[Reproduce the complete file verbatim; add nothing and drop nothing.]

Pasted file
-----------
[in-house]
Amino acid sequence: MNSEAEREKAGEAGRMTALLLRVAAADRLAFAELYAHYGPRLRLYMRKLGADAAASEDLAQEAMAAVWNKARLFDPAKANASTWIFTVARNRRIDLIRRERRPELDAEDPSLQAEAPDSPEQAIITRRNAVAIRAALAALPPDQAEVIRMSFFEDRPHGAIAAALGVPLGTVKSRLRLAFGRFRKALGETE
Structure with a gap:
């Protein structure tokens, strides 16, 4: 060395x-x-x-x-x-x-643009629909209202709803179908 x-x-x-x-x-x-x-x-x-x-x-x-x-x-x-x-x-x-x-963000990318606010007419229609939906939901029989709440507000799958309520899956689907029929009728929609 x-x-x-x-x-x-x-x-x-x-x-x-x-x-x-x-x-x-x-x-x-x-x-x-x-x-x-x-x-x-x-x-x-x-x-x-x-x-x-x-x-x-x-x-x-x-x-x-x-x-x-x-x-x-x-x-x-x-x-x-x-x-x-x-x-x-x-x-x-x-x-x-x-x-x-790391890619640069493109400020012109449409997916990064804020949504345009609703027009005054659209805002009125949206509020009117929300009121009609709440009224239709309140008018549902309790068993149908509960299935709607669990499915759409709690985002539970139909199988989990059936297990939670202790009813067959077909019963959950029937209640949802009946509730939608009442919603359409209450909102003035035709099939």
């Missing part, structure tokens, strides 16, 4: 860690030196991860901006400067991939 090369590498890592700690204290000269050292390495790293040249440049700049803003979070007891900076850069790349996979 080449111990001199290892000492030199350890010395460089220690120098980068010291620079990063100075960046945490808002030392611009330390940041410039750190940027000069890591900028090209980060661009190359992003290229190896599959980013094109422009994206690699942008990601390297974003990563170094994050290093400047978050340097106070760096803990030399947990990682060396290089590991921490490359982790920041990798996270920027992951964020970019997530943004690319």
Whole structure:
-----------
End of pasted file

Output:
[in-house]
Amino acid sequence: MNSEAEREKAGEAGRMTALLLRVAAADRLAFAELYAHYGPRLRLYMRKLGADAAASEDLAQEAMAAVWNKARLFDPAKANASTWIFTVARNRRIDLIRRERRPELDAEDPSLQAEAPDSPEQAIITRRNAVAIRAALAALPPDQAEVIRMSFFEDRPHGAIAAALGVPLGTVKSRLRLAFGRFRKALGETE
Structure with a gap:
């Protein structure tokens, strides 16, 4: 060395x-x-x-x-x-x-643009629909209202709803179908 x-x-x-x-x-x-x-x-x-x-x-x-x-x-x-x-x-x-x-963000990318606010007419229609939906939901029989709440507000799958309520899956689907029929009728929609 x-x-x-x-x-x-x-x-x-x-x-x-x-x-x-x-x-x-x-x-x-x-x-x-x-x-x-x-x-x-x-x-x-x-x-x-x-x-x-x-x-x-x-x-x-x-x-x-x-x-x-x-x-x-x-x-x-x-x-x-x-x-x-x-x-x-x-x-x-x-x-x-x-x-x-790391890619640069493109400020012109449409997916990064804020949504345009609703027009005054659209805002009125949206509020009117929300009121009609709440009224239709309140008018549902309790068993149908509960299935709607669990499915759409709690985002539970139909199988989990059936297990939670202790009813067959077909019963959950029937209640949802009946509730939608009442919603359409209450909102003035035709099939």
């Missing part, structure tokens, strides 16, 4: 860690030196991860901006400067991939 090369590498890592700690204290000269050292390495790293040249440049700049803003979070007891900076850069790349996979 080449111990001199290892000492030199350890010395460089220690120098980068010291620079990063100075960046945490808002030392611009330390940041410039750190940027000069890591900028090209980060661009190359992003290229190896599959980013094109422009994206690699942008990601390297974003990563170094994050290093400047978050340097106070760096803990030399947990990682060396290089590991921490490359982790920041990798996270920027992951964020970019997530943004690319």
Whole structure: